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Friday, March 20, 2020

economic news of india - world economic news - economics news for students - indian economy news

economic news of india - world economic news - economics news for students - indian economy news


World's Covid-19 fight comes at a very heavy economic price

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NEW DELHI: Success in containing coronavirus infection comes at the price of slowing economic activity, a blogpost by IMF experts has stated.With the number of coronavirus cases rising in India, Prime Minister Narendra Modi has appealed to citizens to observe a 'Janta curfew' on Sunday to check the spread of deadly novel coronavirus.In the blogpost, the IMF experts observed, "Success in containing the virus comes at the price of slowing economic activity, no matter whether social distancing and reduced mobility are voluntary or enforced."The IMF China's experience so far shows that the right policies make a difference in fighting the disease and mitigating its impact-but some of these policies come with difficult economic tradeoffs, the blog authored by Helge Berger - IMF's China mission chief and Assistant Director, Kenneth Kang - Deputy Director in the Asia & Pacific Department of the IMF, and Changyong Rhee - Director of the IMF's Asia and Pacific Department, stated."By all indications, China's slowdown in the first quarter of 2020 will be significant & will leave a deep mark for the year," the blog said.The IMF said the past weeks have shown how a health crisis, however temporary, can turn into an economic shock where liquidity shortages and market disruptions can amplify and perpetuate."In China, the authorities stepped in early to backstop interbank markets and provide financial support to firms under pressure, while letting the renminbi adjust to external pressures.Among other measures, this included guiding banks to work with borrowers affected by the outbreak; incentivizing banks to lend to smaller firms via special funding from China's central bank; and providing targeted cuts to reserve requirements for banks."Larger firms, including state-owned enterprises, enjoyed relatively stable credit access throughout-in large part because China's large state banks continued to lend generously to them," the IMF pointed out.Noting that while there are reassuring signs of economic normalization in China-most larger firms have reported reopening their doors and many local employees are back at their jobs, it said stark risks remain."This includes new infections rising again as national and international travel resumes. Even in the absence of another outbreak in China, the ongoing pandemic is creating economic risks," it said.The number of novel coronavirus cases in India rose to 223 on Friday evening after 50 fresh cases were reported from various parts of the country while 6,700 people who came in contact with the patients are under rigorous surveillance, the Union health ministry said.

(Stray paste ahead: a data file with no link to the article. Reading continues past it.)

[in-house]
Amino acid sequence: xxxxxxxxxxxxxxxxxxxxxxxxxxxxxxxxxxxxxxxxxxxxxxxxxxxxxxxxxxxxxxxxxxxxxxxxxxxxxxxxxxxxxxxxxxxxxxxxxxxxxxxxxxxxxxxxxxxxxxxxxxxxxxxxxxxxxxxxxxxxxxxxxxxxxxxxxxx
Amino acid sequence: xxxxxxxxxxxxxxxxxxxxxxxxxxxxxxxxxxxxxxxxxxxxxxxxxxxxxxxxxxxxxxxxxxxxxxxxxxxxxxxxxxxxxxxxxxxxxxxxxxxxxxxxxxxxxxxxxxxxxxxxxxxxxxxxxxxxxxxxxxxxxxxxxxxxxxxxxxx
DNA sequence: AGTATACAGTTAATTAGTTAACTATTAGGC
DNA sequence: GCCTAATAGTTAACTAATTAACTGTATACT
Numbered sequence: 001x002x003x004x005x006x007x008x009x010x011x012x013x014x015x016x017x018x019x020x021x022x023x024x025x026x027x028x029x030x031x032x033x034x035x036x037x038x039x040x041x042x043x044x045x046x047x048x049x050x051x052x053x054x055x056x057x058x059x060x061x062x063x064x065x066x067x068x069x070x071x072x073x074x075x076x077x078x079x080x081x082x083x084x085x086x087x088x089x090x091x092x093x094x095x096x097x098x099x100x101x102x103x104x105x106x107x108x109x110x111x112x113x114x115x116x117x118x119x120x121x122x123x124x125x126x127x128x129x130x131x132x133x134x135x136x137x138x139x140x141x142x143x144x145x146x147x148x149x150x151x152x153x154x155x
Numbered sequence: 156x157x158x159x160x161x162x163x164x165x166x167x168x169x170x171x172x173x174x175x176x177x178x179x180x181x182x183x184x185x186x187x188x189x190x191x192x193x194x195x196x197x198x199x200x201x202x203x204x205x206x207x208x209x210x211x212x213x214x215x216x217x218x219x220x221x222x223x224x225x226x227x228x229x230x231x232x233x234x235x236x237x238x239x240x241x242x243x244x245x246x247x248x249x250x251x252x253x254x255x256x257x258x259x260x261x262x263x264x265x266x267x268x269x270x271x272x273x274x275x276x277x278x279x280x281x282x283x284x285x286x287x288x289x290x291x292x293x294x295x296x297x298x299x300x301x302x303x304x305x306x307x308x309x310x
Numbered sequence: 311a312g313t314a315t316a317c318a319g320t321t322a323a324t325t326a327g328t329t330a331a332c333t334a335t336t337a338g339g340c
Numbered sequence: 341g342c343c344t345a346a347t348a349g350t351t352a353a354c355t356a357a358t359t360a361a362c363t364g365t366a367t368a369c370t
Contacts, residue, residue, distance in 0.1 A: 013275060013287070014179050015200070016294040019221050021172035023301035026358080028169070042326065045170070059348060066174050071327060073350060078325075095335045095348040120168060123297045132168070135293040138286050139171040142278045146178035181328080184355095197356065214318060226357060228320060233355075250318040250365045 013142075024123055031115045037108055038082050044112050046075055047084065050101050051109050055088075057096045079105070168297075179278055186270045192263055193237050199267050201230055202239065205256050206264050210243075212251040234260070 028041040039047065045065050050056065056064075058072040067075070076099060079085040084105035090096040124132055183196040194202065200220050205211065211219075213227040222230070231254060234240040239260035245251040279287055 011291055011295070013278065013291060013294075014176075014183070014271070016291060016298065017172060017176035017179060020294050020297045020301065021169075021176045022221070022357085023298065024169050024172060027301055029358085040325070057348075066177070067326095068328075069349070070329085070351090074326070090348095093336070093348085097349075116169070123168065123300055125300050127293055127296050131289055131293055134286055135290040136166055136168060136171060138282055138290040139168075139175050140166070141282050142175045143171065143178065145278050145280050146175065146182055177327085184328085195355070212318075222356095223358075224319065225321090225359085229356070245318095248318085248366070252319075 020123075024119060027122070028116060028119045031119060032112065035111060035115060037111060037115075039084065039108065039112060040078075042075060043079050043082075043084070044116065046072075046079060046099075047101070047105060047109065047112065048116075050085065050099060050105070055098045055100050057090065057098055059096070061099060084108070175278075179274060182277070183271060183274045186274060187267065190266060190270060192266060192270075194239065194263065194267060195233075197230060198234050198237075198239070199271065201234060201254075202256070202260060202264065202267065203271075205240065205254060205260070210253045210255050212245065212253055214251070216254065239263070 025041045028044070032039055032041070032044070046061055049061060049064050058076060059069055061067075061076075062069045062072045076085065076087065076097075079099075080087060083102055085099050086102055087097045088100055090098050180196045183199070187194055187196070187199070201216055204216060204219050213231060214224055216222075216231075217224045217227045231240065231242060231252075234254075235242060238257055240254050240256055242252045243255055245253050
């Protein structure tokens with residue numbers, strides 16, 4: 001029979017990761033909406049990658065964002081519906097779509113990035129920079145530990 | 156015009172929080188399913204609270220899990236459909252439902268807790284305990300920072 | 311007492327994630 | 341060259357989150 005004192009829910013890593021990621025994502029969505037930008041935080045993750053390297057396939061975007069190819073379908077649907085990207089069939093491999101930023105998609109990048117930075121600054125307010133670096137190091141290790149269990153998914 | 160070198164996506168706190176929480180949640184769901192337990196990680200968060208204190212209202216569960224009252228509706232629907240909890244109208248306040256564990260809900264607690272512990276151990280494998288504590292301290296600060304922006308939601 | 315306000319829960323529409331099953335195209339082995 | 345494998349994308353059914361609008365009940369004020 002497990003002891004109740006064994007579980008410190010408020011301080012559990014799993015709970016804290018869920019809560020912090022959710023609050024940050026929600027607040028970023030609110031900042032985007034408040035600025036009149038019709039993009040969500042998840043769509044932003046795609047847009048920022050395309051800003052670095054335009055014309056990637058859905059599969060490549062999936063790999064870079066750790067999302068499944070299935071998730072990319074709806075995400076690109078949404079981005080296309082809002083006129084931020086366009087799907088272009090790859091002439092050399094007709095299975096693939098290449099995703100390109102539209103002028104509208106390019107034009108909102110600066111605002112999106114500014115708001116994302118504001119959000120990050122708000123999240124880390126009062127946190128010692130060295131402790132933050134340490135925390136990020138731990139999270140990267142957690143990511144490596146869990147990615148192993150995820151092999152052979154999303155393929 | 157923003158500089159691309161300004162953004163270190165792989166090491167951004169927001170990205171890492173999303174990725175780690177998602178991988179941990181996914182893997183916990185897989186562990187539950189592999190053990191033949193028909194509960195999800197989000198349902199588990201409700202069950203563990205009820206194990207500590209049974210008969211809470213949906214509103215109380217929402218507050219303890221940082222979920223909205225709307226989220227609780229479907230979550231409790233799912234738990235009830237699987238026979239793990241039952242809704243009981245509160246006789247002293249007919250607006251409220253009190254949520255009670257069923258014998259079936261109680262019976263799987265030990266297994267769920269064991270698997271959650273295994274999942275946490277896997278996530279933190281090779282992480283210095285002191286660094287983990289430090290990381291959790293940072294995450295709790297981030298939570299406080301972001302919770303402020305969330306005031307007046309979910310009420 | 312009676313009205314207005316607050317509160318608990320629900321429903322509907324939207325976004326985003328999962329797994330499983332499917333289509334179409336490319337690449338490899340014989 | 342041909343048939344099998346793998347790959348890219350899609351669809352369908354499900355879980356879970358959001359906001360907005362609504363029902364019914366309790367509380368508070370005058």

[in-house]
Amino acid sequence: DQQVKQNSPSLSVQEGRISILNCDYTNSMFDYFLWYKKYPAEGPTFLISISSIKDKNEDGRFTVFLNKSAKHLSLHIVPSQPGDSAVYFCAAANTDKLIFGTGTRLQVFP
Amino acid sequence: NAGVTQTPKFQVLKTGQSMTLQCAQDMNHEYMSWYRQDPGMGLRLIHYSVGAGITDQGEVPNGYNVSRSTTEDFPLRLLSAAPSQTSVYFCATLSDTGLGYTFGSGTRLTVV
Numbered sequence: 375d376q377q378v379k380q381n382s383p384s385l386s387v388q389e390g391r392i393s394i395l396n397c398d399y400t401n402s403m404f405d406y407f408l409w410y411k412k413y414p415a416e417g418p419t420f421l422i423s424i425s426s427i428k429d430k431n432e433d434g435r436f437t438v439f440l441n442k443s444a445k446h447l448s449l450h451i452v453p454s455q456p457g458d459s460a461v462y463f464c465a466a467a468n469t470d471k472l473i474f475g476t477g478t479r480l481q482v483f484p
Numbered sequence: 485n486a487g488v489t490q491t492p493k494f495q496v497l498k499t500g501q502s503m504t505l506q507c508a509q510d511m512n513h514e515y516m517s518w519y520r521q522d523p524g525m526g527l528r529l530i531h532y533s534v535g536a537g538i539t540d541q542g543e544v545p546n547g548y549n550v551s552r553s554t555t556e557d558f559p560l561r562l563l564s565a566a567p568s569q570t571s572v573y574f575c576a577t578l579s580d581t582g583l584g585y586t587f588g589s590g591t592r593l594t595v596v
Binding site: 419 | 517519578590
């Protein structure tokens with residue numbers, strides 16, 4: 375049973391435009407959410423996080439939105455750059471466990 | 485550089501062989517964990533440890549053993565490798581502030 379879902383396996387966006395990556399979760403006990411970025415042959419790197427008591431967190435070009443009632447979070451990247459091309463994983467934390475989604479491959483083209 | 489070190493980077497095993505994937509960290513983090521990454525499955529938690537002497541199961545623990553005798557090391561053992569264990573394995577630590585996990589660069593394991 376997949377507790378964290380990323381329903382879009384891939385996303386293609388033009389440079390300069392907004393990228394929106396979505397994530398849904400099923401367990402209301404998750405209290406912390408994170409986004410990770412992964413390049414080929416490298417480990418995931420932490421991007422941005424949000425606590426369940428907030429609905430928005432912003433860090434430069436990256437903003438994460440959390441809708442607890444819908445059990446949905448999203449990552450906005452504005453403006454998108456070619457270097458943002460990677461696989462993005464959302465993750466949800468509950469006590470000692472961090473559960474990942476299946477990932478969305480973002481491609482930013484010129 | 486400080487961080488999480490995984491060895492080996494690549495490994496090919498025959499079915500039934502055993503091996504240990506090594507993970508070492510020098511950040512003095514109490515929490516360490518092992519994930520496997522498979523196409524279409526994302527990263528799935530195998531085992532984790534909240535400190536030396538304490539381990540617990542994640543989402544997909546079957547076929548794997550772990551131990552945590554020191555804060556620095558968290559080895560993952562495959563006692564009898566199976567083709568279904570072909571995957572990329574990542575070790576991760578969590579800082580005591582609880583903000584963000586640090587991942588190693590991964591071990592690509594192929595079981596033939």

Stock brokers allowed to work from home